What is it like to bring over 100 individuals together in a room to talk about the issues surrounding ‘Follow the Money’ (FTM) and the impact that technology and data have on it? On January 21st and 22nd in Berlin, FabRiders was fortunate to be able to support the efforts of the Transparency and Accountablity Initiative (TAI) and Aspiration to convene a meeting that aimed to find concrete areas where new approaches and new collaborations can give ‘follow the money’ efforts more impact. Simply put the goal of FTM work is to strengthen accountability for public resources in ways that improve their use for the public interest.’ As you can imagine, the informal network that has grown around FTM is incredibly diverse. Efforts for greater transparency is akin to pushing gigantic boulders up mountains. However, I have to say the meeting left me surprisingly hopeful. Not because there was any sort of earth shattering strategy or new technologies to explore, it was just the amount of passion, dedication and smarts that was on hand.
The interactive plenary (spectrogram) got us off to a great start, surfacing hot topics such as ‘are our funders willing to be put under the same scrutiny as we are asking governments and corporations?‘ and ‘Is this just a movement for middle-class intellectuals?‘. We then took a tour around the literal world, in world cafe style of FTM issues, surfacing how Ghana is making headway on FTM thanks to the work of investigative journalists and Nepal is making use of the airwaves with a radio and TV program entitled “Right to Information.”
By the end of the workshop we completed over 50 sessions such as: Presenting Data at Scale, Beneficial Ownership and FOIA, Tax Justice, Visualising FTM Data and Creating Theories of Change for FTM Work. I learned huge amounts about creating sessions on the fly by working closely with Gunner from Aspiration. We culled session topics directly from participant inputs with the TAI staff: Vanessa Herringshaw, Andrea Menapace and Rajeesh Veerarashavan massaging titles and identifying potential facilitators. Jed Miller also did an ace job at conceiving over a dozen of hot sessions topics based on participant go-rounds at the end of day 1. We undoubtedly had over 40 participants take on facilitator duties on the fly, to run productive sessions over the course of the two days.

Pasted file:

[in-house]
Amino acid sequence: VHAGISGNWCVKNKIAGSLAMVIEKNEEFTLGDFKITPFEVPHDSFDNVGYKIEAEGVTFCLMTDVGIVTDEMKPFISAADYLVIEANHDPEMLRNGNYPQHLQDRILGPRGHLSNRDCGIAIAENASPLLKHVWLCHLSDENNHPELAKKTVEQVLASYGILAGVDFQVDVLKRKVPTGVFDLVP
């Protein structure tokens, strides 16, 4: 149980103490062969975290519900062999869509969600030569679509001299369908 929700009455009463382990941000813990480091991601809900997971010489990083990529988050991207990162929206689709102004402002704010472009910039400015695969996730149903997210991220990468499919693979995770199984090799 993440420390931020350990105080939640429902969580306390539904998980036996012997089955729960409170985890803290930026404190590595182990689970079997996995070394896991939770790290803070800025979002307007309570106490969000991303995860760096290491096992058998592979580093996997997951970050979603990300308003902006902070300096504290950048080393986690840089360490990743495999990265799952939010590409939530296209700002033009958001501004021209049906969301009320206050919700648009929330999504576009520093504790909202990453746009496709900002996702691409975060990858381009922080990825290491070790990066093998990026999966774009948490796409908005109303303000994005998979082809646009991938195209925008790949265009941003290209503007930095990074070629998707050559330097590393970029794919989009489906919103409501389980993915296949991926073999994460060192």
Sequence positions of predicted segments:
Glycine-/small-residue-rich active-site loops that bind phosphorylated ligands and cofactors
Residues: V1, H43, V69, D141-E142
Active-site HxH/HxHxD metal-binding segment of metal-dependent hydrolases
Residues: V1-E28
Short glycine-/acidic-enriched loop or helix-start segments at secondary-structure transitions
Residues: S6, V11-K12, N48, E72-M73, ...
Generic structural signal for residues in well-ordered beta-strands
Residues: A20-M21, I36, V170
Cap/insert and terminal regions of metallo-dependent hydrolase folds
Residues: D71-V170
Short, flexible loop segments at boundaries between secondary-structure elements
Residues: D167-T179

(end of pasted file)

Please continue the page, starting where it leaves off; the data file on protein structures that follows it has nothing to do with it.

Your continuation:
I ran a series of sessions that examined the viability of the FTM movement. We examined strategies for citizen engagement, what visions of success for the movement might look like and motivations for developing collaborations internationally. My big ‘aha’ in these sessions is that we often conflate the terms ‘movement’ and ‘culture-shift.’ We talked about how citizens can be engaged around pain-points and concluded it was unrealistic to expect them to become the torch-bearers of the movement. One of the participants pointed out that change where transparency and accountability are the norm is likely to happen over generations rather than years. As we discussed potential visions of success for a ‘follow the money’ movement, it became clear that this was not a one size-fits-all issue and that we must embrace and engage the diversity of campaigns organising underneath this banner. So we still need to prioritise efforts for engaging citizens ‘on-the-ground’ in FTM issues, but as long-term work.
Looking at the recent past it’s clear that there has been some very significant change in the last 10 to 15 years, with a greater emphasis in just the last five. We need to do more to learn from recent history, as the impact of technologies and data on our expectations for transparency and accountability could be clearer. My impression as far as culture shift is that we are past peak ‘big-data’. The onslaught of vast amounts of information available at our fingertips is becoming normalised in our culture. What still remains is making ‘big-data’ accessible in a way that answers questions, rather than creating new ones.
I also learned so much working with Beatrice Martini (our local partner), Kristian Godfrey (TAI) and Ruth Miller (Aspiration) on how to seemlessly support the running of an event like this. We also benefited hugely from a very flexible meeting space and the team at SuperMarkt.
Of course there was so much more at the event. Be sure to check out these other blog posts about what happened at #FTMTech:
- Zara Rahman on Developing Effective Tools for FTM
- Zara Rahman on the School of Data Blog on Data Literacy Needs in FTM
- Jed Miller on the TABridge Blog Follow the Money: How People Imagine 2016
- Alex Cobham on Show me the Follow the Money
- Beatrice Martini on financial transparency and technology: notes from the Follow The Money workshop